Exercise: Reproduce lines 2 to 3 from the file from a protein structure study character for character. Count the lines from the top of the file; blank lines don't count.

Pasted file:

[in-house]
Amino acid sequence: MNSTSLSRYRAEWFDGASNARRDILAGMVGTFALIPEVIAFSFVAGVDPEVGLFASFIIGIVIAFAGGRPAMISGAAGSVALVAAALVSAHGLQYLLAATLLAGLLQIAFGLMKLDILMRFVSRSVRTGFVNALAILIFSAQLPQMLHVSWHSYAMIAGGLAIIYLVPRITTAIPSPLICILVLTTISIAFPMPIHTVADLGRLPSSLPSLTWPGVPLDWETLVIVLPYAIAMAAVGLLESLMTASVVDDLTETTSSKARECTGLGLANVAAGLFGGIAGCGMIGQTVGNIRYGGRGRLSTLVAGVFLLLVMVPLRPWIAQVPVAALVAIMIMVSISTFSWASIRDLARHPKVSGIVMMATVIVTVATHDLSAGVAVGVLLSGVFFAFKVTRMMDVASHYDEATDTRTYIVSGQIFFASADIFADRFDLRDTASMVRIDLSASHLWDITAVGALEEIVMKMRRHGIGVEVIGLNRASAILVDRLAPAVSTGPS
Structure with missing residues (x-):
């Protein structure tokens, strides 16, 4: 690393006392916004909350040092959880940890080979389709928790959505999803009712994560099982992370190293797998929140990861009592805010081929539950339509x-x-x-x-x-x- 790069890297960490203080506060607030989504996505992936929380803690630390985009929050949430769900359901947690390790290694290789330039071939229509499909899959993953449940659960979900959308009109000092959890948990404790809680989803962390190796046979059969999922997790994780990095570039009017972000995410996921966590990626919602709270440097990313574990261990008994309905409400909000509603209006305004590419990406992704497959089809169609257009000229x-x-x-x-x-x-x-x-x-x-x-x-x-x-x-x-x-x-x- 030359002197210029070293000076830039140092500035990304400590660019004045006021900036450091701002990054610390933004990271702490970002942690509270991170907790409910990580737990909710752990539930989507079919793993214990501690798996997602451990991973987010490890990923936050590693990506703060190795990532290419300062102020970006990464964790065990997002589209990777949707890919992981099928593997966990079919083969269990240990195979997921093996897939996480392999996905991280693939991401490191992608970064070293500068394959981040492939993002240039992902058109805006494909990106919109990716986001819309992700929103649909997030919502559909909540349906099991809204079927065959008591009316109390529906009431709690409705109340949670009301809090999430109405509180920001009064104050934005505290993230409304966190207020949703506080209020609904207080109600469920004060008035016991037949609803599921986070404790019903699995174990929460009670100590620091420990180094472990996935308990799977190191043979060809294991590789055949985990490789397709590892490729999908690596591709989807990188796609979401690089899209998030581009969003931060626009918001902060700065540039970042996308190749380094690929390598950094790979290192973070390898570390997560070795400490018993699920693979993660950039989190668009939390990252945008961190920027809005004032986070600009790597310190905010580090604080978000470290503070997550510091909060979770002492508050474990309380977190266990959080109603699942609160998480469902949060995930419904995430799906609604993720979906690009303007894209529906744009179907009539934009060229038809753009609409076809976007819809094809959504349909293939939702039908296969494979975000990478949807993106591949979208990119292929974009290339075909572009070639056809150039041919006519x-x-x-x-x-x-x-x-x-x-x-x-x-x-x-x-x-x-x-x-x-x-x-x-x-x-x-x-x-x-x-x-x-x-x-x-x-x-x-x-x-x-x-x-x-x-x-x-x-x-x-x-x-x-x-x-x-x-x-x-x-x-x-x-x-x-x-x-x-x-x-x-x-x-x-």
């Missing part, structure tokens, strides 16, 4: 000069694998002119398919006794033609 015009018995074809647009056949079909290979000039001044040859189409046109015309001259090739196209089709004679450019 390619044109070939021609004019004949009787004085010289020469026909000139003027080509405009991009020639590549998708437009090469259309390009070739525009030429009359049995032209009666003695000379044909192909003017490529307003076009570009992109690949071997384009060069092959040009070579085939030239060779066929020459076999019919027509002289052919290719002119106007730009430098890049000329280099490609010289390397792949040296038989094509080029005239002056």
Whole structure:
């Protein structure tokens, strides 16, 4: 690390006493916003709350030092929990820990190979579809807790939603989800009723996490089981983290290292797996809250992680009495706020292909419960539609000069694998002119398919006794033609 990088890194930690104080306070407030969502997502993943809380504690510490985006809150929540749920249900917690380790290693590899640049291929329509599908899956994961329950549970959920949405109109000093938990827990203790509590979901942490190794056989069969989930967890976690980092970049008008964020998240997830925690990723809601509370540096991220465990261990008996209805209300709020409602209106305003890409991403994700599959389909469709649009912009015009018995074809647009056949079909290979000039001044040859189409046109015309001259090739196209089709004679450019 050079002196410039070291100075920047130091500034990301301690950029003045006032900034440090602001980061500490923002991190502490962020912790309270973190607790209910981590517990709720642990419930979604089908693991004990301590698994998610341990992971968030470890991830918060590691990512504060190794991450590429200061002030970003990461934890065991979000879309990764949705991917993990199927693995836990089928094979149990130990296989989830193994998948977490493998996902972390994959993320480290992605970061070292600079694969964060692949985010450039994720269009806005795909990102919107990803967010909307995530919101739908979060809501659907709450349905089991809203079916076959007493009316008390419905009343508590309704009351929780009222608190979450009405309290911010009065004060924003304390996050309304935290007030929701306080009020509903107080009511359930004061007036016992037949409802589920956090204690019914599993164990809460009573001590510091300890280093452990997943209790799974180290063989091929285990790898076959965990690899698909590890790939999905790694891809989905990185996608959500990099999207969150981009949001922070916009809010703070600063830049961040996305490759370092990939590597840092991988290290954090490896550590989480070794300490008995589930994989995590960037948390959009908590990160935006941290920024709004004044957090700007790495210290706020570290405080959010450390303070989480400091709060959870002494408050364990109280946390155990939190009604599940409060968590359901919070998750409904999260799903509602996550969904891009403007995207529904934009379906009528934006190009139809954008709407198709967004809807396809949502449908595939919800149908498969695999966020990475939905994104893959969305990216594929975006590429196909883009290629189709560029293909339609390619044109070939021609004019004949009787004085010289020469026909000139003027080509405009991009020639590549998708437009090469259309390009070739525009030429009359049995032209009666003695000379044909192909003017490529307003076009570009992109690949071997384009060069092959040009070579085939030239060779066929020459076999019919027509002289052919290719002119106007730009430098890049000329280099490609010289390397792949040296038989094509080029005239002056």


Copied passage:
Amino acid sequence: MNSTSLSRYRAEWFDGASNARRDILAGMVGTFALIPEVIAFSFVAGVDPEVGLFASFIIGIVIAFAGGRPAMISGAAGSVALVAAALVSAHGLQYLLAATLLAGLLQIAFGLMKLDILMRFVSRSVRTGFVNALAILIFSAQLPQMLHVSWHSYAMIAGGLAIIYLVPRITTAIPSPLICILVLTTISIAFPMPIHTVADLGRLPSSLPSLTWPGVPLDWETLVIVLPYAIAMAAVGLLESLMTASVVDDLTETTSSKARECTGLGLANVAAGLFGGIAGCGMIGQTVGNIRYGGRGRLSTLVAGVFLLLVMVPLRPWIAQVPVAALVAIMIMVSISTFSWASIRDLARHPKVSGIVMMATVIVTVATHDLSAGVAVGVLLSGVFFAFKVTRMMDVASHYDEATDTRTYIVSGQIFFASADIFADRFDLRDTASMVRIDLSASHLWDITAVGALEEIVMKMRRHGIGVEVIGLNRASAILVDRLAPAVSTGPS
Structure with missing residues (x-):